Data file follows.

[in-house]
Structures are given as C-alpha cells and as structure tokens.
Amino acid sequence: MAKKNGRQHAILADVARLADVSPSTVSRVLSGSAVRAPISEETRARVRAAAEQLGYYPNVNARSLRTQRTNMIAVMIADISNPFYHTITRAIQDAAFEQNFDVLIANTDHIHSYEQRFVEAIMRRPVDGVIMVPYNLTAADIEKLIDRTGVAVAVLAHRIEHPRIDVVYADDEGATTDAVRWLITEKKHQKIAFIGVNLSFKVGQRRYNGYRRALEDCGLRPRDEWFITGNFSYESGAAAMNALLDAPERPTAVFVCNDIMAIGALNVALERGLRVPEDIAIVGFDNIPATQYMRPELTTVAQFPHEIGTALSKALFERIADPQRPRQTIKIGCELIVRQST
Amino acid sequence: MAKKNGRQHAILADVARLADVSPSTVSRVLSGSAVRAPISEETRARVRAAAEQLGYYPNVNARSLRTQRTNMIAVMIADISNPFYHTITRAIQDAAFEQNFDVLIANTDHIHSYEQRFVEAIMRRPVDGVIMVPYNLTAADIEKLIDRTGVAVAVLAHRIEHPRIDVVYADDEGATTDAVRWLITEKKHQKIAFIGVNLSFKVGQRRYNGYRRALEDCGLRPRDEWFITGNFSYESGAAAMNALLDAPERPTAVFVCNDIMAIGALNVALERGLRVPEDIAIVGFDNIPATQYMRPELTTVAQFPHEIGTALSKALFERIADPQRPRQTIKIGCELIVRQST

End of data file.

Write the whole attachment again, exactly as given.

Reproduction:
[in-house]
Structures are given as C-alpha cells and as structure tokens.
Amino acid sequence: MAKKNGRQHAILADVARLADVSPSTVSRVLSGSAVRAPISEETRARVRAAAEQLGYYPNVNARSLRTQRTNMIAVMIADISNPFYHTITRAIQDAAFEQNFDVLIANTDHIHSYEQRFVEAIMRRPVDGVIMVPYNLTAADIEKLIDRTGVAVAVLAHRIEHPRIDVVYADDEGATTDAVRWLITEKKHQKIAFIGVNLSFKVGQRRYNGYRRALEDCGLRPRDEWFITGNFSYESGAAAMNALLDAPERPTAVFVCNDIMAIGALNVALERGLRVPEDIAIVGFDNIPATQYMRPELTTVAQFPHEIGTALSKALFERIADPQRPRQTIKIGCELIVRQST
Amino acid sequence: MAKKNGRQHAILADVARLADVSPSTVSRVLSGSAVRAPISEETRARVRAAAEQLGYYPNVNARSLRTQRTNMIAVMIADISNPFYHTITRAIQDAAFEQNFDVLIANTDHIHSYEQRFVEAIMRRPVDGVIMVPYNLTAADIEKLIDRTGVAVAVLAHRIEHPRIDVVYADDEGATTDAVRWLITEKKHQKIAFIGVNLSFKVGQRRYNGYRRALEDCGLRPRDEWFITGNFSYESGAAAMNALLDAPERPTAVFVCNDIMAIGALNVALERGLRVPEDIAIVGFDNIPATQYMRPELTTVAQFPHEIGTALSKALFERIADPQRPRQTIKIGCELIVRQST